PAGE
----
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Pedro Piñera

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Software Engineer at Shopify 🛍. I like building tools for developers and doing open source.
Mostly doing Ruby & Swift, and sometimes Javascript
Journal 📝

Running system tasks with Swift and Foundation

Have you ever tried to use Foundation's API on macOS to run system tasks? Perhaps you know the class Process, which is provided exactly for that purpose. I tried to used it in Angle, a side project that I'm developing with some friends, and I'm struggling to use it properly. These are the issues that I ran into:

  • When the application that triggers the process gets killed, the process remains running. After digging around, I found that there's a private method, setStartsNewProcessGroup: to tell the process whether it should terminate when the process that triggers it finishes. Why is that method private?
  • It doesn't ensure that the standard output, error, and completion events are serialized in the same order. That may result in events coming in the wrong other, for example, a process that completes before the standard error message comes. Projects like ShellOut, which wrap Process to provide a more convenient API, have to use to ensure the events come in the right order.

The best implementation that I found so far to run tasks in the system is the one from the Swift Package Manager, which interestingly, doesn't use Process but its own implementation of it. Unfortunately, you can't/shouldn't copy-paste the class into your project.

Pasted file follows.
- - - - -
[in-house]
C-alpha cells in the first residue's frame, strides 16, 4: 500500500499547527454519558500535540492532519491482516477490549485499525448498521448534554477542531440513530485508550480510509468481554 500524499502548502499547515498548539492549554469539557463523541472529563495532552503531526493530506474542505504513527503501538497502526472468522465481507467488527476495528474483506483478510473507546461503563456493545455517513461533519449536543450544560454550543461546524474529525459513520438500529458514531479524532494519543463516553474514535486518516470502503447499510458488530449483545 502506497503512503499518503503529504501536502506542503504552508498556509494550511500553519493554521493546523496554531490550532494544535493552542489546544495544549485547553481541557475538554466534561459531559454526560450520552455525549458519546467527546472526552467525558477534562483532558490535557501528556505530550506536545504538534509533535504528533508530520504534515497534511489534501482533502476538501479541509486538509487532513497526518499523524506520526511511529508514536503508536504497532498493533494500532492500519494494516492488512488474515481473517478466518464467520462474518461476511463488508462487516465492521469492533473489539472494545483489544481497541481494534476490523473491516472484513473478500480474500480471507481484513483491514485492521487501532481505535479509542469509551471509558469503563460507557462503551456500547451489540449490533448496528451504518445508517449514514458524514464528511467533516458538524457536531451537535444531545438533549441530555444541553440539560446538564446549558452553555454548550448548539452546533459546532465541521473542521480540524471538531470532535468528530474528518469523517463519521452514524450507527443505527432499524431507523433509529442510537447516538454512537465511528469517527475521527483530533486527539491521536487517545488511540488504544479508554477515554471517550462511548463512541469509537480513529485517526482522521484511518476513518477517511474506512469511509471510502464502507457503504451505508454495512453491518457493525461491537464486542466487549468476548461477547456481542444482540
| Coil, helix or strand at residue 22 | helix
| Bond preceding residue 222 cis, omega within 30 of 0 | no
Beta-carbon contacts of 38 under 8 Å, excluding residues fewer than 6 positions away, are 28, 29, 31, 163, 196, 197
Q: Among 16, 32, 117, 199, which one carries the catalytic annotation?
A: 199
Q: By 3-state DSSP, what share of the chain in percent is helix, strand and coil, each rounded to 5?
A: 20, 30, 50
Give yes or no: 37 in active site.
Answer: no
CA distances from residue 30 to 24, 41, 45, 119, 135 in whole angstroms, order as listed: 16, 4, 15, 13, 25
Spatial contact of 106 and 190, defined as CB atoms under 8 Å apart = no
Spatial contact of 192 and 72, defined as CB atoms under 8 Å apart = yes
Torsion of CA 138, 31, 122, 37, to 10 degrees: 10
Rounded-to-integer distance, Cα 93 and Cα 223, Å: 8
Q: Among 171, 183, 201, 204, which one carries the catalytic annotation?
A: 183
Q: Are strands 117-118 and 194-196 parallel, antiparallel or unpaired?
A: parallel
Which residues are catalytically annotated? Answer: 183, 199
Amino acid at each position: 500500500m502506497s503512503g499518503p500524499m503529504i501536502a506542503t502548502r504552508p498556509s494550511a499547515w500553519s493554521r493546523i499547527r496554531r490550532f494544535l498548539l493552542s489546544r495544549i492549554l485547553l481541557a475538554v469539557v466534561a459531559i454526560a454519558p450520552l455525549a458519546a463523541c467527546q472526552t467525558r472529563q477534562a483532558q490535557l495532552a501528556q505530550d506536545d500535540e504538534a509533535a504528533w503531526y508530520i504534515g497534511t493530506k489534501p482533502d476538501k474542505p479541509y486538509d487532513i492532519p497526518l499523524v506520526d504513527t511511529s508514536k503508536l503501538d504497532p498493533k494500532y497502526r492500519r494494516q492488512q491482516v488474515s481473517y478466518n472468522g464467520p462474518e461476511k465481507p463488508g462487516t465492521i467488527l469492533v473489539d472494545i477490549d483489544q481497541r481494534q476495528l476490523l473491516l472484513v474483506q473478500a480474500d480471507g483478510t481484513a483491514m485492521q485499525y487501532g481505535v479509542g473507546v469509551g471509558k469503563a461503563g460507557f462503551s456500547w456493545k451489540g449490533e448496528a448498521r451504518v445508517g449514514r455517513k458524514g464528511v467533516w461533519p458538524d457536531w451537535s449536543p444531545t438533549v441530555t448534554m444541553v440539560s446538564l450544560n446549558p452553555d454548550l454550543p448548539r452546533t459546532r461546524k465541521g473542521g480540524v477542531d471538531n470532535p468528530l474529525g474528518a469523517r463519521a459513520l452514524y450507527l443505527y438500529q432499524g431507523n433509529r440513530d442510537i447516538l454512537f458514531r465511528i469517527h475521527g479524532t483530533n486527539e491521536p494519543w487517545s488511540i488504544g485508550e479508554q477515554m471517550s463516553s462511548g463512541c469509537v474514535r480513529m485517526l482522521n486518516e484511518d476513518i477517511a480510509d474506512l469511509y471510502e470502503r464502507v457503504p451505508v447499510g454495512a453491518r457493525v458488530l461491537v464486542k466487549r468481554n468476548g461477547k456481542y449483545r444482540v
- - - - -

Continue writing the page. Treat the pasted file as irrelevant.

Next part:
It's unfortunate that those issues haven't been tackled. The API is not very user-friendly and there's a lot of room for improvement to make it more straightforward to use. If we look at Ruby's API, this is how we look like:

require 'open3'
# Launch the process and capture the standard output in a variable.
developer_path = `xcode-select -p`
# Launch the process and forward the standard output and error.
system("xcodebuild", "build", "-project", "MyProject.xcodeproj") || abort
# Launch the process and capture the standard output and error
stdout_str, stderr_str, status = Open3.capture3("xcrun", "simctl", "list", "devices", "-j")
# Launch the process and call the block with the
Open3.popen3("xcodebuild", "build", "-project", "MyProject.xcodeproj") {|stdin, stdout, stderr, wait_thr|
pid = wait_thr.pid
exit_status = wait_thr.value
}

As you can see, we have several options from which we can choose depending on what we'd like to do with the process:

  • Fire and forget.
  • Fire and collect its output.
  • Fire and notify me when the an event (e.g. standard output data) has been sent.

The most reliable abstraction that I've found is ReactiveTask, which is developed by the Carthage team and used by Carthage. It provides a beautiful reactive API using ReactiveSwift, with which you can use Reactive operators and subscribe to the events that you are most interested in. If there's a good use case for the usage of the reactive paradigm, this is to me one. A process is an operation that starts, sends a bunch of events, and then completes.

Unfortunately 😕, Angle has already RxSwift as a dependency, and I doubt it's a good idea to add another reactive library to the stack. For that reason, I started developing internally an implementation similar to ReactiveTask's, but using RxSwift. It's still WIP, but if I'm happy with the result, we might open source it.

I wonder if I'm the only one having this experience with the Process class, or there are other developers that are struggling with the same issues. If you are one of those, I'm curious to know how you overcame them.

Have a wonderful week!